What Does “Sole Custody” Really Mean?
It is a story that has been dominating the tabloids for weeks: Angelina Jolie is trying to get sole custody¹ of the children she and her soon-to-be ex, Brad Pitt have together. While the public does not know the details of the Jolie Pitt case, I can say that obtaining sole custody is not easy, and that there are few instances when it is warranted.
So what does sole custody really mean? First of all, the term sole custody is now known as “allocation of sole parental responsibilities regarding decision-making.” What that means is, even if one parent is granted “sole custody,” parenting time is decided and allocated separately of parental responsibilities.
Parental responsibilities are broken out into categories reflecting significant decision-making responsibilities with respect to a child. Decisions about education, health, religion, and extra-curricular activities can be decided by both parents or in the case of “sole custody,” solely assigned to one parent.
The standard for allocating decision making responsibilities in Illinois is the child’s best interests. But what does that mean? Pursuant to statute, the court will consider the following factors when allocating parental responsibilities:
(1) the wishes of the child, taking into account the child’s maturity and ability to express reasoned and independent preferences as to decision-making;
(2) the child’s adjustment to his or her home, school, and community;
(3) the mental and physical health of all individuals involved;
(4) the ability of the parents to cooperate to make decisions, or the level of conflict between the parties that may affect their ability to share decision-making;
(5) the level of each parent’s participation in past significant decision-making with respect to the child;
(6) any prior agreement or course of conduct between the parents relating to decision-making with respect to the child;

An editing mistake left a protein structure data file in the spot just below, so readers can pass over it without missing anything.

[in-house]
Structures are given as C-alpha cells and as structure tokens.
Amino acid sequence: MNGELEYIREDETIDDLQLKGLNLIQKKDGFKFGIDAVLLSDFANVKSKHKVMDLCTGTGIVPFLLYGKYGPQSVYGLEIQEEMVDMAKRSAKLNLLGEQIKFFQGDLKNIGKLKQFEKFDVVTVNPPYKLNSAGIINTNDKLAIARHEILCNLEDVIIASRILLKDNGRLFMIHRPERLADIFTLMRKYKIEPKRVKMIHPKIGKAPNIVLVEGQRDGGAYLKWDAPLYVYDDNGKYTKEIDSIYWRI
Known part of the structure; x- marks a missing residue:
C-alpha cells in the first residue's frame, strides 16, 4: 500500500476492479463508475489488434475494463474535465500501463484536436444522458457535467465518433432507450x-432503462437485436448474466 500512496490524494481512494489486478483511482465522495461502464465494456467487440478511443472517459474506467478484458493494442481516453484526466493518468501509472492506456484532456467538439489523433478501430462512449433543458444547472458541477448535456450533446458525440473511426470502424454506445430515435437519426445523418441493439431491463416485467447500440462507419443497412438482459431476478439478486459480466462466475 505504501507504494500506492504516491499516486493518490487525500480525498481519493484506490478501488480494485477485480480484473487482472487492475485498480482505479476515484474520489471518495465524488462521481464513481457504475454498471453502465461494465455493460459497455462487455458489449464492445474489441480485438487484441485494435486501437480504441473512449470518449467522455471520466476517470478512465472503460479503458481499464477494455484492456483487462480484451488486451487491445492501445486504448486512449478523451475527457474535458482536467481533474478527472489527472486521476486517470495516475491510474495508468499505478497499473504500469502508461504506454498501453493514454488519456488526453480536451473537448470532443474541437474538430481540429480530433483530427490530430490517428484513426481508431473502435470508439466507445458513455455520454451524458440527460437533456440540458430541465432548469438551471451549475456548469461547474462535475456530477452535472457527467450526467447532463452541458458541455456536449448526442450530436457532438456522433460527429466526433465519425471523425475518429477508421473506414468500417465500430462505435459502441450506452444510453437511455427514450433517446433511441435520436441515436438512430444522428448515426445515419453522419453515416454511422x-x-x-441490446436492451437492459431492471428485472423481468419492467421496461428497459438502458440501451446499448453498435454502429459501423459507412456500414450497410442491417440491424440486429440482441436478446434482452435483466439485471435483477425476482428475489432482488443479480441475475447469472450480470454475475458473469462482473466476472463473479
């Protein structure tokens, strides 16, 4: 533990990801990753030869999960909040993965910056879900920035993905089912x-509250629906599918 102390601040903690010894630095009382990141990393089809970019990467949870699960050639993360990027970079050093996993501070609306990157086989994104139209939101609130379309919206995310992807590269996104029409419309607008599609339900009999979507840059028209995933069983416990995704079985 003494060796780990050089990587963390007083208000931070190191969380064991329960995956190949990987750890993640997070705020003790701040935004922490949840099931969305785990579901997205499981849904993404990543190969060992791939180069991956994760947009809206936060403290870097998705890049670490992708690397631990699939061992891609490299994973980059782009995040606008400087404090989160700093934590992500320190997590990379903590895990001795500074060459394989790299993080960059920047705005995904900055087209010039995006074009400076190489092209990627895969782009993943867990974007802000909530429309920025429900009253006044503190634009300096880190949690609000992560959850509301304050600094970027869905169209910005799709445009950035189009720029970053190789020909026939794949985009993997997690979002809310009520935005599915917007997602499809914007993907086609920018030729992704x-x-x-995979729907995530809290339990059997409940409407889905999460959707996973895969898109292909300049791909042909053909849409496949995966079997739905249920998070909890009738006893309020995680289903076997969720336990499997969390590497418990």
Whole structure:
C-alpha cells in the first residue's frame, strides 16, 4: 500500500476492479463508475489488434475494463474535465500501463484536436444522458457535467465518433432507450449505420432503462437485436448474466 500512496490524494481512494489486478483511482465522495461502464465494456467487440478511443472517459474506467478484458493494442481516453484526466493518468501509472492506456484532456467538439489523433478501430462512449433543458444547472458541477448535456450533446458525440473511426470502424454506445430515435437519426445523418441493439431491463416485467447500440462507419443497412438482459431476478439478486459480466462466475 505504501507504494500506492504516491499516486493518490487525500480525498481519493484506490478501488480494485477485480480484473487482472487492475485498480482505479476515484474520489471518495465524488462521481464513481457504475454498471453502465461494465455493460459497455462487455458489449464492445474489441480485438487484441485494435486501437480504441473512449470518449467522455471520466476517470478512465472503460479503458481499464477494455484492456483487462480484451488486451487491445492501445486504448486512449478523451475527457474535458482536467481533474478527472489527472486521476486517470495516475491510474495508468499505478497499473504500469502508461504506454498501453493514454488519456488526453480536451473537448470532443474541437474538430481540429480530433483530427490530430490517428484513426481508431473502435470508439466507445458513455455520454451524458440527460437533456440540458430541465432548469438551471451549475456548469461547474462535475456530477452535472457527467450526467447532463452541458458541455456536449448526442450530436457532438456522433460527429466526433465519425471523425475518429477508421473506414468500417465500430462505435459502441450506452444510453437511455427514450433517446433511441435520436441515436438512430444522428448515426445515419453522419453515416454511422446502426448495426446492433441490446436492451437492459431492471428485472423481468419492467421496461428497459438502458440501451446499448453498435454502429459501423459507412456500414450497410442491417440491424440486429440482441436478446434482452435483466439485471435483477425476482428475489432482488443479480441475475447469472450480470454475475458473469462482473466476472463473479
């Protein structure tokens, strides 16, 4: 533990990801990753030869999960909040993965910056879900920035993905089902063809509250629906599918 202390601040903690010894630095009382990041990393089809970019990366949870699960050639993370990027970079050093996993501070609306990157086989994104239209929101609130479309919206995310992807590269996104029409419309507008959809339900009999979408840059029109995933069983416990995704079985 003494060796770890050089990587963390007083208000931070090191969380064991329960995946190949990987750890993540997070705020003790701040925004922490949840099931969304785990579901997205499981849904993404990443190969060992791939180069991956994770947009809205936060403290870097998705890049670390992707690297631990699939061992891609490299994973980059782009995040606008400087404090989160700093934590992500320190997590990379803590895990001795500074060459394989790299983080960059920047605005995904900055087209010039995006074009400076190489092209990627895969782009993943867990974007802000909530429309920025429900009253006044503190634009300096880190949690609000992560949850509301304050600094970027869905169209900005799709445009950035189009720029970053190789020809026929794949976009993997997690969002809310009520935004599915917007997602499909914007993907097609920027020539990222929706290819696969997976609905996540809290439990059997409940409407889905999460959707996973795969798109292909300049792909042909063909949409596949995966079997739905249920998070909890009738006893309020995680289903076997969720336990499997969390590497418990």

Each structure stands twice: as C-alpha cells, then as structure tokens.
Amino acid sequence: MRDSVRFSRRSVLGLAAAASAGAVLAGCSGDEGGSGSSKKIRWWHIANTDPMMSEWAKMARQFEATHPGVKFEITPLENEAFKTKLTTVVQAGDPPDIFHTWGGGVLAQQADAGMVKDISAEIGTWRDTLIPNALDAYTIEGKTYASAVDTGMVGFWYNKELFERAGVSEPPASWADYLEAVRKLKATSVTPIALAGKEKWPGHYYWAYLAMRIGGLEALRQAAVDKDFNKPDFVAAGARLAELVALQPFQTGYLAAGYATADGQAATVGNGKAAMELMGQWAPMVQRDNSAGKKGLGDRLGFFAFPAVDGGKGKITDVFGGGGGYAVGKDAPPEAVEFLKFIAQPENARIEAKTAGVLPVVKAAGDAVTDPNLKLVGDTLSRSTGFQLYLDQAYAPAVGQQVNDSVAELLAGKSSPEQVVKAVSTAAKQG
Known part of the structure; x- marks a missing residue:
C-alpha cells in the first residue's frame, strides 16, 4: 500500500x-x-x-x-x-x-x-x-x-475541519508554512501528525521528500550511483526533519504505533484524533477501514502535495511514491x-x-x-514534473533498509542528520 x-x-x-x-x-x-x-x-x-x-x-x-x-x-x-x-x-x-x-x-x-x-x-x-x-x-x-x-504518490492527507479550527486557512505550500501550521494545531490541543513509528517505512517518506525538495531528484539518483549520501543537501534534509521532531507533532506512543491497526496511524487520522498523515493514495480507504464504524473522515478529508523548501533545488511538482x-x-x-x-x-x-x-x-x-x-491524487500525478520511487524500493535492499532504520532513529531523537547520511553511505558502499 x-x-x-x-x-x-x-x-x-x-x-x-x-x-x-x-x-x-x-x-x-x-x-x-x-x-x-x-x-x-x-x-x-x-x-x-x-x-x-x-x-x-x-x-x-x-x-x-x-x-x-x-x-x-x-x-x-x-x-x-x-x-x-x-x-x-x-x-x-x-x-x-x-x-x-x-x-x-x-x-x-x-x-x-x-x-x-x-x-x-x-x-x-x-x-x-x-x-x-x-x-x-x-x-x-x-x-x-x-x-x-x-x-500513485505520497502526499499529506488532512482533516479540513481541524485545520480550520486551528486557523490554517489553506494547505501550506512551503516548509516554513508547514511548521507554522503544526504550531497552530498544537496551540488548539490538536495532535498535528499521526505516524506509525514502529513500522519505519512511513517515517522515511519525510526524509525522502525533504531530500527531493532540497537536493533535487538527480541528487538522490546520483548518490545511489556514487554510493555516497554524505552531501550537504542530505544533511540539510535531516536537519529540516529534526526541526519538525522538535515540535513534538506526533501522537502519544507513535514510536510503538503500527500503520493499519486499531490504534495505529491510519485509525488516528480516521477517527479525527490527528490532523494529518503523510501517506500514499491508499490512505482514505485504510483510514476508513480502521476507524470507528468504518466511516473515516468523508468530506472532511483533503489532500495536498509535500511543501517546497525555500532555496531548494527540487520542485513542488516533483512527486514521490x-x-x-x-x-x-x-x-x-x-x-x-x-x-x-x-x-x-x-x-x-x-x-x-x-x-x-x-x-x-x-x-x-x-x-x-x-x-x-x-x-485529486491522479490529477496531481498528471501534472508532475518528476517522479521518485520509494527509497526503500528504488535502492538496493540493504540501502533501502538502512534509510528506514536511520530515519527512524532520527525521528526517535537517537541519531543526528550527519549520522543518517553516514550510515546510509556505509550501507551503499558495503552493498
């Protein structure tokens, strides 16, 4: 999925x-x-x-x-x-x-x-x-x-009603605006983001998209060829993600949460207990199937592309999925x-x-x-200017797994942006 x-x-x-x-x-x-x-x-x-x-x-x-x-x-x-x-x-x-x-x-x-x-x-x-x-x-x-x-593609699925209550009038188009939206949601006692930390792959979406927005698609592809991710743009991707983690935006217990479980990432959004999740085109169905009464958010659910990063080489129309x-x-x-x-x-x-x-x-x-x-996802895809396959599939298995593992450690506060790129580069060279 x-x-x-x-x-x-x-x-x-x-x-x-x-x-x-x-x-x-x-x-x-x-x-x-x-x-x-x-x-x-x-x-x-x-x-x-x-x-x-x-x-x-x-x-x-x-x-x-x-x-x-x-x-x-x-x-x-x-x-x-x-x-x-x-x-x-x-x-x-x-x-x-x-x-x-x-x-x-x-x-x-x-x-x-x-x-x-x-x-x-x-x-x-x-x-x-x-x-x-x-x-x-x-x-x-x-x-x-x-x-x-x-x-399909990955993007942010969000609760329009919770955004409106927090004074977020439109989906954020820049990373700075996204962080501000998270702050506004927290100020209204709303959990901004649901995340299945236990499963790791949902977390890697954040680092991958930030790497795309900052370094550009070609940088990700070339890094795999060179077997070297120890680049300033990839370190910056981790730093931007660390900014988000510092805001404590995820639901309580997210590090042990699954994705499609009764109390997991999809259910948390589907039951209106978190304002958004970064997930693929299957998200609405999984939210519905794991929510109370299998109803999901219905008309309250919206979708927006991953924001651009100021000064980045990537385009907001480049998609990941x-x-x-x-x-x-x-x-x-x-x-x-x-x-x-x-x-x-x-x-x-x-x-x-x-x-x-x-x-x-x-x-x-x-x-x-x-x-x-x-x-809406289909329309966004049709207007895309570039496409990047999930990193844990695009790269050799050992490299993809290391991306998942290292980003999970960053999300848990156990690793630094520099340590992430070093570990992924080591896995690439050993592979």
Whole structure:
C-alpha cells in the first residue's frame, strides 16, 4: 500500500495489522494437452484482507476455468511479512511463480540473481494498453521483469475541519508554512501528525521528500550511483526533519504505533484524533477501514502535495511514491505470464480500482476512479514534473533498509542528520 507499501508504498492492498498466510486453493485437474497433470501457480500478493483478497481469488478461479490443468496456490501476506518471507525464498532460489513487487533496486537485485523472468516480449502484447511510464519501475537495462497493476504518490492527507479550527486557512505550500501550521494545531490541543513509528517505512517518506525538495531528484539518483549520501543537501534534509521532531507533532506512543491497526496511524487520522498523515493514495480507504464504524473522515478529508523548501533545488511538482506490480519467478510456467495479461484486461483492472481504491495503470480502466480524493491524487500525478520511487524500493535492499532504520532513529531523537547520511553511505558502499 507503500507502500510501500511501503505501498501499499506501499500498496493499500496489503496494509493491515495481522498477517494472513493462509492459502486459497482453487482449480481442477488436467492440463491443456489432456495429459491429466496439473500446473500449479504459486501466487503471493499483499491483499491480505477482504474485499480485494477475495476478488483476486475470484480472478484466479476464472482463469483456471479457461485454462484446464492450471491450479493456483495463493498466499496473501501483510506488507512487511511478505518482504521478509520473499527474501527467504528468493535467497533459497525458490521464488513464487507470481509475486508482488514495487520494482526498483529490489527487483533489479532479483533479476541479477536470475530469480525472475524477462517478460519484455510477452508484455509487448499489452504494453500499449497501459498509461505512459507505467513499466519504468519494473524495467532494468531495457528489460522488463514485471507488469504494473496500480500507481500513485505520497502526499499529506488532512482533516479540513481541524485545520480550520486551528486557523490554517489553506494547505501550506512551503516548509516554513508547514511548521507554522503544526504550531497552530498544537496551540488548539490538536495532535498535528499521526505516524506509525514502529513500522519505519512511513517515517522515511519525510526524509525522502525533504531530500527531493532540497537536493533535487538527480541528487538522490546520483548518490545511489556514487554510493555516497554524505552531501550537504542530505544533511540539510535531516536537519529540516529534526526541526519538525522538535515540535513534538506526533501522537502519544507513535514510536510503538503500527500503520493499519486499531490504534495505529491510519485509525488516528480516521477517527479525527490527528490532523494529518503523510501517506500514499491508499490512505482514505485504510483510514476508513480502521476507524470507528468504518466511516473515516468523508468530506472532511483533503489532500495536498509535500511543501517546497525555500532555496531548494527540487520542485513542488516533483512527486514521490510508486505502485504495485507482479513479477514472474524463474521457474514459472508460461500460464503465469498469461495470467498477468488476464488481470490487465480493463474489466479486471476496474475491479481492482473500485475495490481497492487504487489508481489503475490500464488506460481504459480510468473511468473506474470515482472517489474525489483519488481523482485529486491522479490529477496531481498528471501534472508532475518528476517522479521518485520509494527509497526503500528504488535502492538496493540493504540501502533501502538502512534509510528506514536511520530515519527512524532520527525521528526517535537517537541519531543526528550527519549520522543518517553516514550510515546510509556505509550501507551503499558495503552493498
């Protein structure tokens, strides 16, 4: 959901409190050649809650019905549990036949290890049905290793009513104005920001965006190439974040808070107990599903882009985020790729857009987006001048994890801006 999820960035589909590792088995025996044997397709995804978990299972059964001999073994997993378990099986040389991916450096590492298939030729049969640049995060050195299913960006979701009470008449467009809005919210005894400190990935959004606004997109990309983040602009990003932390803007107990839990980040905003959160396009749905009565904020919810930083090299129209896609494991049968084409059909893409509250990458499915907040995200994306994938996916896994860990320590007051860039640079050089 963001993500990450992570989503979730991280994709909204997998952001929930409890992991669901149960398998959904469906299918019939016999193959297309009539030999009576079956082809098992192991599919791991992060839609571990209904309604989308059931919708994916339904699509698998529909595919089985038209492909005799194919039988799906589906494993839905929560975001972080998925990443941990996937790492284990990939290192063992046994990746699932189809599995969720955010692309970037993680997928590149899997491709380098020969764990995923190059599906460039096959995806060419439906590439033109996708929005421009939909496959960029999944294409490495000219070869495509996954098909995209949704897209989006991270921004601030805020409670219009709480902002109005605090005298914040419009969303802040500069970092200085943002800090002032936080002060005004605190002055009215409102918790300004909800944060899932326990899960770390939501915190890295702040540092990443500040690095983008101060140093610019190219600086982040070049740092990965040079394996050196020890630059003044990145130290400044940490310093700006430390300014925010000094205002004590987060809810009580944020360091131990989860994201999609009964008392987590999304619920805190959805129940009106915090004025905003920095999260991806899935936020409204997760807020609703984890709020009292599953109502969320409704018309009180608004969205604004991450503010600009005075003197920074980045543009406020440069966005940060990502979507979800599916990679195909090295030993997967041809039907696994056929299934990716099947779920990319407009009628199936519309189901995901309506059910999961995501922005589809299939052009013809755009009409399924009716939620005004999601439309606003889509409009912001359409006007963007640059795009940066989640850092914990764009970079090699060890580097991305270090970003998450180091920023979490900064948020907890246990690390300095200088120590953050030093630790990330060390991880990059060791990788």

(7) the wishes of the parents;
(8) the child’s needs;
(9) the distance between the parents’ residences, the cost and difficulty of transporting the child, each parent’s and the child’s daily schedules, and the ability of the parents to cooperate in the arrangement;
(10) whether a restriction on decision-making is appropriate under Section 603.10;
(11) the willingness and ability of each parent to facilitate and encourage a close and continuing relationship between the other parent and the child;
(12) the physical violence or threat of physical violence by the child’s parent directed against the child;
(13) the occurrence of abuse against the child or other member of the child’s household;
(14) whether one of the parents is a sex offender, and if so, the exact nature of the offense and what, if any, treatment in which the parent has successfully participated; and
(15) any other factor that the court expressly finds to be relevant.
But what does that really mean? When may sole decision making authority be allocated to one parent only?
When parents cannot communicate and co-parent. When parents cannot communicate to discuss and resolve education, medical, religion, and extracurricular matters pertaining to their children, one parent may be allocated sole decision making authority.
When there is parental alienation involved, meaning most simply that there is psychological evidence that one parent is manipulating a child in order to alienate the child from the other parent. Parental alienation is complicated and difficult to properly identify. However, when it occurs, it can have a devastating effect on the child’s relationship with the non-alienating parent. In cases of proven parental alienation, the alienator may lose his or her decision making authority.
When there is child abuse or neglect.
In closing, judges’ ruling on sole custody is not very common, and most divorced couples prefer joint custody, as it is best for everyone. It will be interesting to see what unfolds in the Jolie-Pitt custody battle, but from an attorney’s perspective, unless Jolie is able to prove Pitt to be unfit, it is likely the couple will obtain joint custody.
¹ As of January 1, 2016, Illinois law no longer references “custody” in its statutes. Instead “allocation of parental responsibilities” replaced the term “custody”. References herein to “custody” are for simplicity. However, Illinois law no longer provides for sole or joint “custody”. Further, the analysis set forth herein is pursuant to Illinois law.
Erin B. Bodendorfer is an Associate at Chicago family law firm Katz & Stefani LLC.
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